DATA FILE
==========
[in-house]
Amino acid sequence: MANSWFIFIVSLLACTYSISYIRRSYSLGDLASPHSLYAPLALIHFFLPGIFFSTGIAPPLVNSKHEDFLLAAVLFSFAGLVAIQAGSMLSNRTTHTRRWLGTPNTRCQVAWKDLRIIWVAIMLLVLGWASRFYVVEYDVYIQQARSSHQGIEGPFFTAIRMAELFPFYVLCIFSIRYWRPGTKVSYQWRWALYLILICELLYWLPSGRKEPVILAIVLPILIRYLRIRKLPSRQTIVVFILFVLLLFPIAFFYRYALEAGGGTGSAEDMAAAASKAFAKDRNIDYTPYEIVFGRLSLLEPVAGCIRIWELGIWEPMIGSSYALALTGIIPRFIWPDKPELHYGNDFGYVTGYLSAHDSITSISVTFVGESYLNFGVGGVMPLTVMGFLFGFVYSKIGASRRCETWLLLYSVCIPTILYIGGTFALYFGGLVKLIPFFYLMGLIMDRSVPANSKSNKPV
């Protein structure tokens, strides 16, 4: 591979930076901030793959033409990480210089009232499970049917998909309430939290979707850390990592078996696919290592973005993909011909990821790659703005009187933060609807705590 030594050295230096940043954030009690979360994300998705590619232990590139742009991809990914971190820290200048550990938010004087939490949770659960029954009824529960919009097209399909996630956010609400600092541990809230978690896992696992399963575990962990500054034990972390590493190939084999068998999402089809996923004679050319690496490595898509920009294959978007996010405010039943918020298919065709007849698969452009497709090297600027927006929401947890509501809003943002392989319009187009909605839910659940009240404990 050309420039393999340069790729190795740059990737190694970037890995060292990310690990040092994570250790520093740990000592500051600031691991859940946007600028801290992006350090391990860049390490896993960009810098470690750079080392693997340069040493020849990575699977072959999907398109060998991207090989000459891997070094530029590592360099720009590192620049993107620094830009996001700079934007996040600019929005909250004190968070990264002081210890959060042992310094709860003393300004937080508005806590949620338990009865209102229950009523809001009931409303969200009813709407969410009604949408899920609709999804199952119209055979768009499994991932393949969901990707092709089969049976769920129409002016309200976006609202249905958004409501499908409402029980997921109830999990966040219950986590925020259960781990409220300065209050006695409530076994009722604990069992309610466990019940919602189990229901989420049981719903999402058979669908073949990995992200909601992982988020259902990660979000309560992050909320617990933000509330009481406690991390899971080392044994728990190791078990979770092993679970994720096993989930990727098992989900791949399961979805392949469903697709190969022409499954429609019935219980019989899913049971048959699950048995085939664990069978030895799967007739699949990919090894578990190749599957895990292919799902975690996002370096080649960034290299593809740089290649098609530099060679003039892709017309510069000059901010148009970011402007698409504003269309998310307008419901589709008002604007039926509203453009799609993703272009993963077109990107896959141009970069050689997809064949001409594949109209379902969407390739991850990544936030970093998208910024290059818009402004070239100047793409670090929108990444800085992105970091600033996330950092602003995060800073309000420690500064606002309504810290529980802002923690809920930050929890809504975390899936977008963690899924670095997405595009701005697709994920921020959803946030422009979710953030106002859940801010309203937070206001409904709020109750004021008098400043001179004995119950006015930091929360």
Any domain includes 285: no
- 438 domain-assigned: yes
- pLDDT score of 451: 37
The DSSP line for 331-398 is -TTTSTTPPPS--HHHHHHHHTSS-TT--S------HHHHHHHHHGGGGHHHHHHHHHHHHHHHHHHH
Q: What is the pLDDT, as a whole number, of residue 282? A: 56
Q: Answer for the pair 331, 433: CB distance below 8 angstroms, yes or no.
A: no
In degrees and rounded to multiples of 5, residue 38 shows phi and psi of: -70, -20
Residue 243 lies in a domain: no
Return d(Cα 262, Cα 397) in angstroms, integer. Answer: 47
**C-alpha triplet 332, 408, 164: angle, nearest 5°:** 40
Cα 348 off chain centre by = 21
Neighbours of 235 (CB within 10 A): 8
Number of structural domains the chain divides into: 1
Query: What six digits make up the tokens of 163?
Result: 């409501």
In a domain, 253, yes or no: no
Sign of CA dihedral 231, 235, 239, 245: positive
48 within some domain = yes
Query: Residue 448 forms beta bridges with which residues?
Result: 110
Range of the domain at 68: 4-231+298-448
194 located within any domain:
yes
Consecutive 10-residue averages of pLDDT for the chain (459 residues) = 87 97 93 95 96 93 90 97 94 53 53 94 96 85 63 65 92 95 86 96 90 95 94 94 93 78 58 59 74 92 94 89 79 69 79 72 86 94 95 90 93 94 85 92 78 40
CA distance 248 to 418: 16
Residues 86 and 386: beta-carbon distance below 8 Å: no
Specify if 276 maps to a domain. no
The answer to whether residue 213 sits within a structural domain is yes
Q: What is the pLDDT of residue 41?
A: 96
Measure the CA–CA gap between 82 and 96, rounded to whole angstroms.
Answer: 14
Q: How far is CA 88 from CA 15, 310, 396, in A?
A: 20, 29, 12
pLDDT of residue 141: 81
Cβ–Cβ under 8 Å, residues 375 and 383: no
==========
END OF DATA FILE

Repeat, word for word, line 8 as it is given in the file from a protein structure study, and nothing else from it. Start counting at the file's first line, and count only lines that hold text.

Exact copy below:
Q: What is the pLDDT, as a whole number, of residue 282? A: 56